Friday, April 22, 2016

First Comes Love (Emily Giffin)

Emily Giffin's First Comes Love starts out sweetly enough, with an ordinary family home for the holidays.  Giffin lulls her readers into this Normal Rockwell type painting for only a little while before suddenly pulling the rug out from under them in a heart-wrenching way.  And so begins the story of a broken family who are still trying to heal from a tragedy even years down the road.

Sisters Josie and Meredith could not be more opposite, in careers, in temperaments, in beliefs.  First-grade teacher Josie is widely seen as the irresponsible one, but even though Meredith seems to have it all (a husband, a daughter, a high-powered career), she is restless and unhappy.  The siblings never seem to see eye-to-eye, and things are made even worse when they finally deal with what really happened on that tragic night fifteen years before.

What works so well in First Comes Love is its emotional honesty.  Josie and Meredith may think they don't need each other, but when they finally confront all that's happened and analyze their own life choices, they come to find that sisters really have one of the greatest bonds.


Monday, April 18, 2016

Shared Prosperity in America's Communities (Edited by Susan M. Wachter and Lei Ding)

Shared Prosperity in America's Communities is not a light, breezy read by any means.  This series of case studies and essays discusses the impact of increasing income inequality in America over the last thirty years, highlighting the impacts of poverty, its geographic reach, and the successes of a few metropolitan areas in addressing the issue.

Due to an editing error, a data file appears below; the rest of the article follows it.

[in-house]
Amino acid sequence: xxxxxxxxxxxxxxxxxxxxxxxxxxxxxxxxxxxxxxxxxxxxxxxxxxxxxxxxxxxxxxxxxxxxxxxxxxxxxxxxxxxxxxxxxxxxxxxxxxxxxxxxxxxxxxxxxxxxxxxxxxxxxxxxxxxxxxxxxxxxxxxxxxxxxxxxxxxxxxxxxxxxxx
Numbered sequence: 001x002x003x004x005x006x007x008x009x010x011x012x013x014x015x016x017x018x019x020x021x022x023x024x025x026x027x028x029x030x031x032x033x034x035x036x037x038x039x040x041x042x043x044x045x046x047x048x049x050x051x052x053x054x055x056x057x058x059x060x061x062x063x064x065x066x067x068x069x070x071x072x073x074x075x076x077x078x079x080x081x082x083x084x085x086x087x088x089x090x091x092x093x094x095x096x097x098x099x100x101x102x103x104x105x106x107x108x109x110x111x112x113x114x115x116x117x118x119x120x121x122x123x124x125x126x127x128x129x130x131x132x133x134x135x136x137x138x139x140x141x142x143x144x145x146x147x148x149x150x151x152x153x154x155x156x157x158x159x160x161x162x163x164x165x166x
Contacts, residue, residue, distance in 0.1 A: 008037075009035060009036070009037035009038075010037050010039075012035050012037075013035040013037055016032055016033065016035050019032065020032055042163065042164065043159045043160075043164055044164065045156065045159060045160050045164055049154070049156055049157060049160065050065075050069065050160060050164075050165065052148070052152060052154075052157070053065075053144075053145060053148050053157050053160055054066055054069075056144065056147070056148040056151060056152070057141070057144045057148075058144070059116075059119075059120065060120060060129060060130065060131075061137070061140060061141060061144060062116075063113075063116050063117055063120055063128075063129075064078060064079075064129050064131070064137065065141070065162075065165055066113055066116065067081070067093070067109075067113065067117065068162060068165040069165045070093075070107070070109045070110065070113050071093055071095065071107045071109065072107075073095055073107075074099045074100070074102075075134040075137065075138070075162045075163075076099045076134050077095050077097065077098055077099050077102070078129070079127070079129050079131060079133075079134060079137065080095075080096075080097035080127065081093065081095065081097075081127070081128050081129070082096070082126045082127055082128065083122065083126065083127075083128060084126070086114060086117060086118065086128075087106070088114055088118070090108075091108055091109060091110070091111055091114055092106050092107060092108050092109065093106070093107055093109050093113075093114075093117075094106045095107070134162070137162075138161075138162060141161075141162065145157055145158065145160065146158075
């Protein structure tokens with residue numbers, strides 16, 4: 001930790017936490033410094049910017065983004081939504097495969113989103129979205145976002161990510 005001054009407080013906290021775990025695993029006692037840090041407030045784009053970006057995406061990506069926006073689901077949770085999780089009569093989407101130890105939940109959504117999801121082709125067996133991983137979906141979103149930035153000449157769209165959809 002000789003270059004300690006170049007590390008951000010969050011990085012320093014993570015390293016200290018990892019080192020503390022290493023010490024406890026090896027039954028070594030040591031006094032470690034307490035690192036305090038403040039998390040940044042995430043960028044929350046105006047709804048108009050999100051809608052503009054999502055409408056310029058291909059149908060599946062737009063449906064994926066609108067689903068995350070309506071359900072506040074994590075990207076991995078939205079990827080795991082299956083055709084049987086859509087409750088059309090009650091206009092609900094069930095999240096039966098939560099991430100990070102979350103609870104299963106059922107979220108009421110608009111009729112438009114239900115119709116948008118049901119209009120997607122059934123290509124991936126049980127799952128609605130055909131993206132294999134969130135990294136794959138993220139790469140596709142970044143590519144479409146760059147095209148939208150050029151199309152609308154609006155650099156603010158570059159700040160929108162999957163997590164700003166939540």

Susan Wachter of the University of Pennsylvania and Lei Ding of the Federal Reserve have assembled essays from various contributors that go into depth on one of the bigger economic issues that Americans are facing.  These essays offer some suggestions about how to level the playing field by going beyond the usual talking point rhetoric you hear on cable news, bringing some concrete suggestions and less hot air to an issue that impacts millions of Americans.

Simply because Shared Prosperity in America's Communities is a collection of essays, it's more difficult to review than other books would be.  The essays require time and thought to work through given the subject matter and content, so I would recommend reading no more than one at a time due to the depth of the content involved.  However, the content is well-organized and sequential, the essay layout makes sense, and the research and data behind the surveys is logical and fits the narrative that Wachter and Ding are promoting.  Those who are in the economic, community development, financial, or government realms especially should read it, as the target of this collection is geared toward those fields.


Sunday, April 3, 2016

Where We Fall (Rochelle B. Weinstein)

Rochelle B. Weinstein’s Where We Fall is the story of a love triangle gone wrong.  Unfortunately, the book was very flat for me with characters I just couldn’t come to like.

Lauren and Ryan fell instantly in love when they were in college, and together with Lauren’s best friend, Abby, they did everything together.  When Lauren took off on the adventure of a lifetime, she promised Ryan that she’d be back, but when his father passed away, Lauren was nowhere to be found.  Abby took fast advantage of that situation, and she and Ryan ended up married and parents to Juliana.  Fast forward to present day, and Ryan still can’t understand why he didn’t hear from Lauren after his father’s death.  With each chapter narrated in the first person by a different character, the complete story is told, with a teenage love story between Juliana and her football star boyfriend, E.J., also thrown in.

If all this sounds complicated, that’s because it is.  But the plot itself isn’t what makes the book uninteresting (although the Abby/Ryan/Lauren story is much better than the Juliana/E.J. story).  The wording is far too superfluous, and I just kept wishing for Weinstein to get to the point of the chapter already.  Goodreads says that it took me over two months to read Where We Fall; it was just too wordy for me, and two months is far too long for me to spend with characters I couldn’t come to care about.